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Insect Bites
and Your Pet

Cause: Stings of bees, wasps, hornets, or ants.

General Information: Signs usually occur within about 20 minutes of the bite. Animals should be observed for at least 12-24 hours after a reaction, as mild symptoms may progress in severity.



The stings of bees, wasps, and ants often occur on hairless areas such as the stomach and feet, but are most common on the face, head, or inside the mouth. Stings and bites tend to produce local inflammation and pain, which takes about an hour to subside.

Multiple stings and bites can cause a severe allergic reactions including anaphylactic shock. With some insects, such as honey bees, the entire venom-stinger apparatus is torn from the insect's body after stinging and remains attached to the victim.

This apparatus contains muscle tissue that may continue contracting, thereby injecting more venom into the pet. Do not remove this using tweezers as that may inject more venom into the pet.

Vizsla

It is better to gently scrape (with a credit card or similar card) the stinger out. Some wasps and hornets may sting repeatedly because the venom-stinger apparatus remains attached to the insect.

Toxic Dose: Dependent upon the type of insect, location and number of bites, and immune system of the individual animal.

Signs: Usually characterized by swelling of the eyelids, ear flaps, lips, and sometimes the entire face (angioedema). If the pet has been stung in the nose or mouth, watch for immediate, large swelling. This may cause the pet to have a hard time breathing. May also see urticaria (hives, wheals, or welts) or localized swelling if the skin is involved. The bites are often pruritic (itch).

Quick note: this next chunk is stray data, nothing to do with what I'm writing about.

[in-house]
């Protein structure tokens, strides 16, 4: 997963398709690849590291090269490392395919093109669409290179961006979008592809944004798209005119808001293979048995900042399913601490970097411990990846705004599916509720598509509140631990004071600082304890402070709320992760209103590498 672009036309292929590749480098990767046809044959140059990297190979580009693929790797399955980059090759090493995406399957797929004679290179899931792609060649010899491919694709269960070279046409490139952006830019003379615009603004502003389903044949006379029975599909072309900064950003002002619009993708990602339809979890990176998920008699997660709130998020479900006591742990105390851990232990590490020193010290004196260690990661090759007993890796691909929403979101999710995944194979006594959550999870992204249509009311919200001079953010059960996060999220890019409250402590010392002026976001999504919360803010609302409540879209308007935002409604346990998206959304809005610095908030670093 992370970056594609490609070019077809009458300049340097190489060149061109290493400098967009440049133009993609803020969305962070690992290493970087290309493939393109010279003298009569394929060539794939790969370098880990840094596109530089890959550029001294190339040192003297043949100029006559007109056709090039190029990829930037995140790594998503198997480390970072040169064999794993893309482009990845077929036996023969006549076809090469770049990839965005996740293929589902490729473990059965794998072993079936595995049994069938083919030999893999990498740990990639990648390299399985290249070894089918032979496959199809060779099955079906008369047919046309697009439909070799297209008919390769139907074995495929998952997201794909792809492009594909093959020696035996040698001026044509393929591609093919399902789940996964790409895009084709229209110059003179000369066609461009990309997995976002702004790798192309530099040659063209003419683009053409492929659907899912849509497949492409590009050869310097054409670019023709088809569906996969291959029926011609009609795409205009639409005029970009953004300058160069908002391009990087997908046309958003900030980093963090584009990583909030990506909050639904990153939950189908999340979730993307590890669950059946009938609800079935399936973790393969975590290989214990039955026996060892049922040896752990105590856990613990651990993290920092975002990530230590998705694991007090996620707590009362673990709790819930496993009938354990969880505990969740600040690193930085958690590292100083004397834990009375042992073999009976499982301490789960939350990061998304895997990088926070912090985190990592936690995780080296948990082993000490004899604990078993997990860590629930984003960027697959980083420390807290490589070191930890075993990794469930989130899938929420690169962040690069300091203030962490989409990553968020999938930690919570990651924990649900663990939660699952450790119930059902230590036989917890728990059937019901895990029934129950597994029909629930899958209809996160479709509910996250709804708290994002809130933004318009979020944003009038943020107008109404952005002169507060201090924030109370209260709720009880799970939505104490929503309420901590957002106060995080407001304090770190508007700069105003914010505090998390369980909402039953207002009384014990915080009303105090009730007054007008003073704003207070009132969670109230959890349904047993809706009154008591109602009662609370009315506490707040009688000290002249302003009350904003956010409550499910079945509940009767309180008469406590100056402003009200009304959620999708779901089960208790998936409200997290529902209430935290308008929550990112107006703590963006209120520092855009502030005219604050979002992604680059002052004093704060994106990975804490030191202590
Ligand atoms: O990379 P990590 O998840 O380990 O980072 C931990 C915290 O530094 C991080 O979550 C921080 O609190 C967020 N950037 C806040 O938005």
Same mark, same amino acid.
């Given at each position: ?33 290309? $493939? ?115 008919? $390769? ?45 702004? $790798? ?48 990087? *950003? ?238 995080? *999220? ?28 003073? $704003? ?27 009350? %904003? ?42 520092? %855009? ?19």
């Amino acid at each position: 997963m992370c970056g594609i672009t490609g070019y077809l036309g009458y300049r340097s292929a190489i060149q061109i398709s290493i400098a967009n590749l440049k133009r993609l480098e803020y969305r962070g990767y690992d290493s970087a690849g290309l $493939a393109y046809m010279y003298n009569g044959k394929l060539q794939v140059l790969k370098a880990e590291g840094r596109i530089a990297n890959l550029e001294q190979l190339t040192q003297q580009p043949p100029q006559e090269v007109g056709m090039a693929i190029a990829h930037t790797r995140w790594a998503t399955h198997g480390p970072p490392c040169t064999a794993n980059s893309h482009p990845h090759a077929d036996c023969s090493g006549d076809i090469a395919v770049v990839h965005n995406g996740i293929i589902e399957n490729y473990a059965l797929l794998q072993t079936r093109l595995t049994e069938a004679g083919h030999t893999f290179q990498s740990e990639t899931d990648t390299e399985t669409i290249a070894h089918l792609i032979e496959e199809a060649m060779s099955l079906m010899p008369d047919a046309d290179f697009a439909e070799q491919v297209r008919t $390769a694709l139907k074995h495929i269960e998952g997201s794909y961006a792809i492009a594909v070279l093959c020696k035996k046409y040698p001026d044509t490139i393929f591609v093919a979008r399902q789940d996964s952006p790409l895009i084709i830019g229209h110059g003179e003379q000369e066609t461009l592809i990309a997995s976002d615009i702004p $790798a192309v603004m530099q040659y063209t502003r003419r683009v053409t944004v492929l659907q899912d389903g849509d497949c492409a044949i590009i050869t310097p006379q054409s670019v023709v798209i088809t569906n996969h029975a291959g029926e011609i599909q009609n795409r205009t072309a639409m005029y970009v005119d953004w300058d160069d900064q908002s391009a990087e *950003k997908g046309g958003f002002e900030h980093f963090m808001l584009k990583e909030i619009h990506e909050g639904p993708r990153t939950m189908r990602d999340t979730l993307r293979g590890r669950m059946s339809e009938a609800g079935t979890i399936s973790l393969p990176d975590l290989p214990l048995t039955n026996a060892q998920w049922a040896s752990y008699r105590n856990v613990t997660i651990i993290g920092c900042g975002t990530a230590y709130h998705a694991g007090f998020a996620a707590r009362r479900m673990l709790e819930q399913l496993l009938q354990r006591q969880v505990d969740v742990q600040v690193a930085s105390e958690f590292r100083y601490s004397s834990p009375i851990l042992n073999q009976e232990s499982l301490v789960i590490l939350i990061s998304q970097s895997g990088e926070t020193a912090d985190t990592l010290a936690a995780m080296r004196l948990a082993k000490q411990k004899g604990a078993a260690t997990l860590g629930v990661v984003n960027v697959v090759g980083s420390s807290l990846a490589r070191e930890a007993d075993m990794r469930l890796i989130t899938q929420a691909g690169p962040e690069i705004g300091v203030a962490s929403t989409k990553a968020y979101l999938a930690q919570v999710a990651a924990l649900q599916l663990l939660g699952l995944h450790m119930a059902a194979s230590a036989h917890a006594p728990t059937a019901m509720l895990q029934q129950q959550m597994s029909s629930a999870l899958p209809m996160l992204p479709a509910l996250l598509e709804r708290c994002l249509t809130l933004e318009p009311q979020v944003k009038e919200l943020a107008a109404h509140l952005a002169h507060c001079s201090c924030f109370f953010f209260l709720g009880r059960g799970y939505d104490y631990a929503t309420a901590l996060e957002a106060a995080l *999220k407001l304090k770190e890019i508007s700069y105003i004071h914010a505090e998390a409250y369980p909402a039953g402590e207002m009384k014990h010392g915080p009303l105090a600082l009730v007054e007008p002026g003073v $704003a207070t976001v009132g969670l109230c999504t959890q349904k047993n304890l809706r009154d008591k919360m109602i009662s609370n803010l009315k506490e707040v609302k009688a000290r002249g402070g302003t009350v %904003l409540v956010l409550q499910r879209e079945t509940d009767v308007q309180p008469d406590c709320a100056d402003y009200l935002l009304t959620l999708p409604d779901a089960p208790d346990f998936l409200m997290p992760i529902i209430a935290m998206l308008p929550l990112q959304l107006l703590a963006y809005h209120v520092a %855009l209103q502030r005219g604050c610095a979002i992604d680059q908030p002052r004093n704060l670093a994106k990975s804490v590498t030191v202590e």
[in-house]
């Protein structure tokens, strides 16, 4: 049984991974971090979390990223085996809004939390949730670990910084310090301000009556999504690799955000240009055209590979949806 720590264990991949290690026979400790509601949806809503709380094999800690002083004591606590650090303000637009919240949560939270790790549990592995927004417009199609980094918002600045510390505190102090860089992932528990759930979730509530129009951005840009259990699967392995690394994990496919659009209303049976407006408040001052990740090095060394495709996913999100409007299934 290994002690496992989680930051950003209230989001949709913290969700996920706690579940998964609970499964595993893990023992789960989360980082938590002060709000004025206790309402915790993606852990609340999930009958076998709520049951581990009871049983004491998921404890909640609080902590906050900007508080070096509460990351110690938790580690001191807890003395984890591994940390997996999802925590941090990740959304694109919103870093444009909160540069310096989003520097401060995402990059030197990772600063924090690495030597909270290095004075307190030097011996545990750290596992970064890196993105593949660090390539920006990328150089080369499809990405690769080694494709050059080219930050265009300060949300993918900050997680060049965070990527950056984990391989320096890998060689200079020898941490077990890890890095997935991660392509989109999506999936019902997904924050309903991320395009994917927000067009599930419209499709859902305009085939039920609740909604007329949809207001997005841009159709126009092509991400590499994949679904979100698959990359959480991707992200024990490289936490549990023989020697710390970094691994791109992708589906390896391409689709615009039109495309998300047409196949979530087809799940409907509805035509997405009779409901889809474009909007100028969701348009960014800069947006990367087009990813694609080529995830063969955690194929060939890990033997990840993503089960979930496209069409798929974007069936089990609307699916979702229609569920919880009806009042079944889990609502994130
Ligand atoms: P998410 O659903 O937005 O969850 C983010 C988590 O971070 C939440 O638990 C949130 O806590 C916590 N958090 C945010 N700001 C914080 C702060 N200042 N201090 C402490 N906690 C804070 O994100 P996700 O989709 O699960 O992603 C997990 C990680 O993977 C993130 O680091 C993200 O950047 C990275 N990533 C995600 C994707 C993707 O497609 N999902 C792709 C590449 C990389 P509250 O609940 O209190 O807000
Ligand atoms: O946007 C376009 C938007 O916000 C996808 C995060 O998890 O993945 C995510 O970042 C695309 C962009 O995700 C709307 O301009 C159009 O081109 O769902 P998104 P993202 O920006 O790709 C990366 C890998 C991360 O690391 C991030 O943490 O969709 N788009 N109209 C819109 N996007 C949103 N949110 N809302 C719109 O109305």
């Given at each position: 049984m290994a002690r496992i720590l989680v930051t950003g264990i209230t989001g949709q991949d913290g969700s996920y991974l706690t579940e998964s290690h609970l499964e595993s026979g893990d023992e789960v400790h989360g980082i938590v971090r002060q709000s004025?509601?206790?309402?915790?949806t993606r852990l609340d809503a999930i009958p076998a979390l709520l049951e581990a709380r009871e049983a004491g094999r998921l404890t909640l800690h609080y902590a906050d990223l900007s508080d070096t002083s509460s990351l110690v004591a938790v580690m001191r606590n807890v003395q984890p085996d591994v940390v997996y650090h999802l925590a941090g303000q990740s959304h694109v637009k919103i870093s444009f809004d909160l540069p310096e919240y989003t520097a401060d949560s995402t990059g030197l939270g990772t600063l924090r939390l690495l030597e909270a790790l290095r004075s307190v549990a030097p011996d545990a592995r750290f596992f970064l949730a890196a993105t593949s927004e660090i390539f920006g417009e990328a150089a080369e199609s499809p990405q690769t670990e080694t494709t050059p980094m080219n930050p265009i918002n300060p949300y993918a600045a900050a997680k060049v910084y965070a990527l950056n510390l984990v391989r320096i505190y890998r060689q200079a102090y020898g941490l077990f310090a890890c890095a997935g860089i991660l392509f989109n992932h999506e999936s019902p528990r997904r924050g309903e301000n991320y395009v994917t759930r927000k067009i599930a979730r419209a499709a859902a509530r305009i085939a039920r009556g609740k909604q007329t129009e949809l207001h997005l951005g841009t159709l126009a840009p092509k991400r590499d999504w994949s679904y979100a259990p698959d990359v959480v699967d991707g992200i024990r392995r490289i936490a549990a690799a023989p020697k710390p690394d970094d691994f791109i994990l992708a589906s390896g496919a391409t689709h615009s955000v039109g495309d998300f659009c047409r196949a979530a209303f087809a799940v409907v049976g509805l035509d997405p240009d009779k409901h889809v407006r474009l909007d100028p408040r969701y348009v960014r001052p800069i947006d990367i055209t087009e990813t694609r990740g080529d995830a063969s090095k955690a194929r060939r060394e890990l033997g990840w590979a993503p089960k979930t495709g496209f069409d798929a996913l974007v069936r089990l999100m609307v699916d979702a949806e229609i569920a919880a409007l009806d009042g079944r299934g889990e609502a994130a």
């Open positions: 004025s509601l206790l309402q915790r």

In an anaphylactic reaction, animals may also go into shock with symptoms such as wheezing, weakness, unconsciousness, pale mucous membranes, weak and thready pulse, increased heart rate, fever, or cold extremities (legs), trembling, vomiting, diarrhea, wheezing, and collapse.

Immediate Action: Remove stinger if possible. Apply a paste of baking soda and water to the sting or bite to relieve the itching. Ammonia or calamine lotion dabbed on with a cotton ball can also relieve itching and pain. Apply an ice pack or cold compress to the area to relieve pain and swelling. Contact your veterinarian.

Veterinary Care: General treatment: The stinger will be removed if present.


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Supportive treatment: Corticosteroids and antihistamines are administered, and epinephrine if necessary. IV fluids and oxygen are administered if necessary. Blood tests may be performed if organ damage is suspected. If the animal has been stung inside the mouth, eating may be painful. Soften the food with water or feed a soft food.

Specific treatment: Unavailable.

Prognosis: Usually favorable. Guarded, if shock is present.

By: Tiffany Cain, BS

Jennifer Prince, DVM

Zoologist, Veterinary Services Department, Drs. Foster & Smith, Inc.

For more information on this subject, contact your veterinarian.

Article reprinted with permission of:
http://www.peteducation.com/
Owned & Operated by Practicing Veterinarians

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"They say the dog is man's best friend. I don't believe that. How many of your friends have you neutered?" - Larry Reeb